Politicos Latinos

By ALAN LUPO  |  October 9, 2008

For the Latinos who have been toughing it out in Massachusetts for the past two decades, almost any recognition is long overdue and much savored. “We’ve been so left out that even a drop of water will help,” says Felix Arroyo, a teacher and social worker who ran for the Boston School Committee two years ago and will do so again this year. “We have functioned with so little money that the opportunity of being treated equally is a big step.”

There has been no great economic miracle since the days when Iglesias visited the rodent-infested apartment houses. Half of the 32,000 Latino families in Massachusetts make less than $10,000 a year. (The federal poverty level least year for a family of four was $9860.) Whereas one in 10 white students fails to meet basic-skill standards set by local school districts, the rate for blacks is one in five, and for Latinos, one in four. In Boston, 65 percent of the Latino kids come from families with incomes of less than $7000 a year. The jobless rate for Latinos in the Lawrence area generally has run twice the overall rate. In Holyoke, Latinos live in the worst housing, and two Hispanic agencies there have accused the city in court of selectively enforcing housing and sanitary codes in an attempt to push Latinos out of the city.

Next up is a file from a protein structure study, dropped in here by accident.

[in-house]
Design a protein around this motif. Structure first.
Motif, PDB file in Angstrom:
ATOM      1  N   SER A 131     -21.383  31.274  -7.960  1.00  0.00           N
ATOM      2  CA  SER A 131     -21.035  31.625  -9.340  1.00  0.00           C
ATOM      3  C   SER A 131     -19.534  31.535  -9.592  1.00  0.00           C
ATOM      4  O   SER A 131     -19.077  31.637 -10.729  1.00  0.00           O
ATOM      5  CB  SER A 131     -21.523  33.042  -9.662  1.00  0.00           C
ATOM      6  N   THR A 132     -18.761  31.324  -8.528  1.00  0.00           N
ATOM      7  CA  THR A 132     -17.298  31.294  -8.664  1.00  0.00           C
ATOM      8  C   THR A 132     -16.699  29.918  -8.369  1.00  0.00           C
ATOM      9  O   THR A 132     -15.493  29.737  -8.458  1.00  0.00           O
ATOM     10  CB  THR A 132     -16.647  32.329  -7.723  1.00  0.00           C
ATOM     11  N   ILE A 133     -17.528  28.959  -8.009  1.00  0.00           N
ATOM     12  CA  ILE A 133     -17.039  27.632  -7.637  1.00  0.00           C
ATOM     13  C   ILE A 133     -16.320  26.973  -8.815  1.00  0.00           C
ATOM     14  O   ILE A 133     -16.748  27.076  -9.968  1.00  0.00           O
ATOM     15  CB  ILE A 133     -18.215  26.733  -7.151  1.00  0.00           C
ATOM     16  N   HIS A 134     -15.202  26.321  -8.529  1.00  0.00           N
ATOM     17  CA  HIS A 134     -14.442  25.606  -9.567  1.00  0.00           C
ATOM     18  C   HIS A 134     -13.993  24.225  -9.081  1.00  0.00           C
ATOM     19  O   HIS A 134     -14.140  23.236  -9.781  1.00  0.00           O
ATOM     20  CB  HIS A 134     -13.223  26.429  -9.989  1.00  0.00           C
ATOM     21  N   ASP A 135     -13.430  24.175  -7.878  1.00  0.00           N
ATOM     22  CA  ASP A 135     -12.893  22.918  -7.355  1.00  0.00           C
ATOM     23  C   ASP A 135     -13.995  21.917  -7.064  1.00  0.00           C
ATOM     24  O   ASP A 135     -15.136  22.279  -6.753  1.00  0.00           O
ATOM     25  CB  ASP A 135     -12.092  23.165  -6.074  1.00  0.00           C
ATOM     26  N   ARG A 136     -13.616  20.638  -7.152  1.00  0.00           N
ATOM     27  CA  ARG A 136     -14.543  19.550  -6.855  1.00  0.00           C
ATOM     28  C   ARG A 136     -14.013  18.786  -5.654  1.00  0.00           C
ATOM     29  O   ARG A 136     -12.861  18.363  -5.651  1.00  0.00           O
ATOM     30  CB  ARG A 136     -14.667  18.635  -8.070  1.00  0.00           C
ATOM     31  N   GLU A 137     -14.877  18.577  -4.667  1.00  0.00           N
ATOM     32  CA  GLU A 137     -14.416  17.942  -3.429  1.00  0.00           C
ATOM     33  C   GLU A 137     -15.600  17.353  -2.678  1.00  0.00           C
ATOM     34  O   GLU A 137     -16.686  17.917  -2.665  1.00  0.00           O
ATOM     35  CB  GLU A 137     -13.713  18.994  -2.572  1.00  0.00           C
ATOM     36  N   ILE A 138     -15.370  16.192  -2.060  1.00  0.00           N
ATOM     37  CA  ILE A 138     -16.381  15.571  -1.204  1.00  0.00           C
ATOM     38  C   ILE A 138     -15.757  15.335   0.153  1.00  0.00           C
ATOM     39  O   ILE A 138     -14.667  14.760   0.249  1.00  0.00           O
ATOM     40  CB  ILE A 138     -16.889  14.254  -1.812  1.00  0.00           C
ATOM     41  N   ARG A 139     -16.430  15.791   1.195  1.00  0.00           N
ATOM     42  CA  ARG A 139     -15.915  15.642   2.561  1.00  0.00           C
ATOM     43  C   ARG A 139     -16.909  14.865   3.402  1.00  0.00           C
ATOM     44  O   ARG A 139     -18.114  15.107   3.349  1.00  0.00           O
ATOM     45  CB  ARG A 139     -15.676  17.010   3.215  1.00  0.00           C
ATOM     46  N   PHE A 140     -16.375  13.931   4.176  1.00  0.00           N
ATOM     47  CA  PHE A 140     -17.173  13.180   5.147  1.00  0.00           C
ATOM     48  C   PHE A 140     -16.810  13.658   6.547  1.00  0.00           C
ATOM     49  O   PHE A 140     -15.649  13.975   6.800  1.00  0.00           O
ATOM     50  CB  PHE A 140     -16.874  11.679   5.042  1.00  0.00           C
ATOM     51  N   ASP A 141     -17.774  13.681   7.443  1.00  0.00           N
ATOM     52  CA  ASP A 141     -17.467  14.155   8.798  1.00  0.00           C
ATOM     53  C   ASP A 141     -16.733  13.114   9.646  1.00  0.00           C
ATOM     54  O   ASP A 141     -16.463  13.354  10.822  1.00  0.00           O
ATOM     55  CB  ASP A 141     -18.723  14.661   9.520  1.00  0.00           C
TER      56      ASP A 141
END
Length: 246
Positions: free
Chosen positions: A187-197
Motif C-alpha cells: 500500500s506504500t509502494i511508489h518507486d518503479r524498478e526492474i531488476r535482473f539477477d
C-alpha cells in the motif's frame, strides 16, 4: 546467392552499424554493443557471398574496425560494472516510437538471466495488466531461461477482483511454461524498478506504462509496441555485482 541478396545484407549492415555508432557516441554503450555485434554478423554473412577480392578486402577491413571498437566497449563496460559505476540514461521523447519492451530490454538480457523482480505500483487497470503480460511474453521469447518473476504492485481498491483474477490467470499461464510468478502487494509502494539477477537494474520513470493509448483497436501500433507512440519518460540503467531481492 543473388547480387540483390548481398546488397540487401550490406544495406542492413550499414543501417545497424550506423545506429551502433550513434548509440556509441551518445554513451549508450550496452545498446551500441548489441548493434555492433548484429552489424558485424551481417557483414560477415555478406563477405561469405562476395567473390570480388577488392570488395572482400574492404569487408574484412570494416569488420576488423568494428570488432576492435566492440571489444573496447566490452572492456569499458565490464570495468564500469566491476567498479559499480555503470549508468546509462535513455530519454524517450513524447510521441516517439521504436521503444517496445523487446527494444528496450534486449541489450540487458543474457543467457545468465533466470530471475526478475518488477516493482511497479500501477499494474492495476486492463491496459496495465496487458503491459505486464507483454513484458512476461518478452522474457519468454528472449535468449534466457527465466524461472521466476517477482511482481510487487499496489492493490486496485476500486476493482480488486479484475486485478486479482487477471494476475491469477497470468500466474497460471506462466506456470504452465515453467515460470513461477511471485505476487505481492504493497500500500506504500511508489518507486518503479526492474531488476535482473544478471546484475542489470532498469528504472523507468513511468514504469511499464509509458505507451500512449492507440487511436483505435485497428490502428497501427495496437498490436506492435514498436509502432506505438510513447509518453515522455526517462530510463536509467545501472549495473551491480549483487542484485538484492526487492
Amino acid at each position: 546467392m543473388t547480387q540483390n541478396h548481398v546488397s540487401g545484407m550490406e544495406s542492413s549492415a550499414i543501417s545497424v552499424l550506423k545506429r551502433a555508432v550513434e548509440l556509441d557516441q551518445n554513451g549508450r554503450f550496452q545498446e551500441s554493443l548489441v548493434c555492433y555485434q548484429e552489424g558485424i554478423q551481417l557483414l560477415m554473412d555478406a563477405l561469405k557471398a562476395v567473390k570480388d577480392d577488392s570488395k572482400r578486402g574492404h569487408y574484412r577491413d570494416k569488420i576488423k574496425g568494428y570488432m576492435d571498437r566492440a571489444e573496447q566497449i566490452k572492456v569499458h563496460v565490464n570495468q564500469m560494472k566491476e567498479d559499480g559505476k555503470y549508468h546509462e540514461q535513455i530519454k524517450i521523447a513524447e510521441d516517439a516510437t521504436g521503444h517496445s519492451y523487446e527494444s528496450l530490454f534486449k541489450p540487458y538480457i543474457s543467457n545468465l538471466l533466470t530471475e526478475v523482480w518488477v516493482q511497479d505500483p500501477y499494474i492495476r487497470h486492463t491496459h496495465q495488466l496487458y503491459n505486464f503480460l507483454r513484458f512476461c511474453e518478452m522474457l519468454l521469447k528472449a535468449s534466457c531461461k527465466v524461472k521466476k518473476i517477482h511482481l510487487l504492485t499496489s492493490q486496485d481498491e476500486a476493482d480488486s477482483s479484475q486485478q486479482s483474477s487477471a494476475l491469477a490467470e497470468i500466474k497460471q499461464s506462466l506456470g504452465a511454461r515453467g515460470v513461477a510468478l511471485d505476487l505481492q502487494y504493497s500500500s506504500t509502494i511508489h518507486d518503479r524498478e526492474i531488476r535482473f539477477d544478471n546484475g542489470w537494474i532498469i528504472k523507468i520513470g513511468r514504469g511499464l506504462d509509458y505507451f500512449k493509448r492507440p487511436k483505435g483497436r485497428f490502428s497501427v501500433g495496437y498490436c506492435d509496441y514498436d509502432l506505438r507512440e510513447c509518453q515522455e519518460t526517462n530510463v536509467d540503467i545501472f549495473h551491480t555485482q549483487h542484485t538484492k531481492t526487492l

The condition of Latinos in Massachusetts is a reflection of their status nationally. There are more than 141,000 Latinos in the state, and, as in the US, they are the fastest-growing ethnic group. Latinos amount to about 6.5 percent of the national population, or about 14.6 million people, but soon they may account for as much as 25 percent of the nation’s population growth. More than half the Latino population in the US is Mexican, but that profile changes as you move northeast. Most Latinos in New Jersey, New York, and New England are Puerto Ricans, many of them born on the island itself or in what they jokingly refer to as “Puerto Rico North” - the South Bronx.

Migration from the island to the mainland and back has ebbed and flowed over the years, usually depending on how tough life happens to be on the island. For years, the island economy boomed because its commonwealth status enabled mainland industries to operate there tax-free. The postwar economic-development program that Puerto Rican leaders called “Operation Bootstrap” didn’t abolish poverty, but it did build a large middle class on the island. A combination of world recession, a threatened end to tax breaks for industrialists, and Reagan budget cuts has knocked the wind out of the Puerto Rican economy of late. Unemployment there has risen from 17 percent in 1981 to 24 percent, and some say migration to the mainland is up again.

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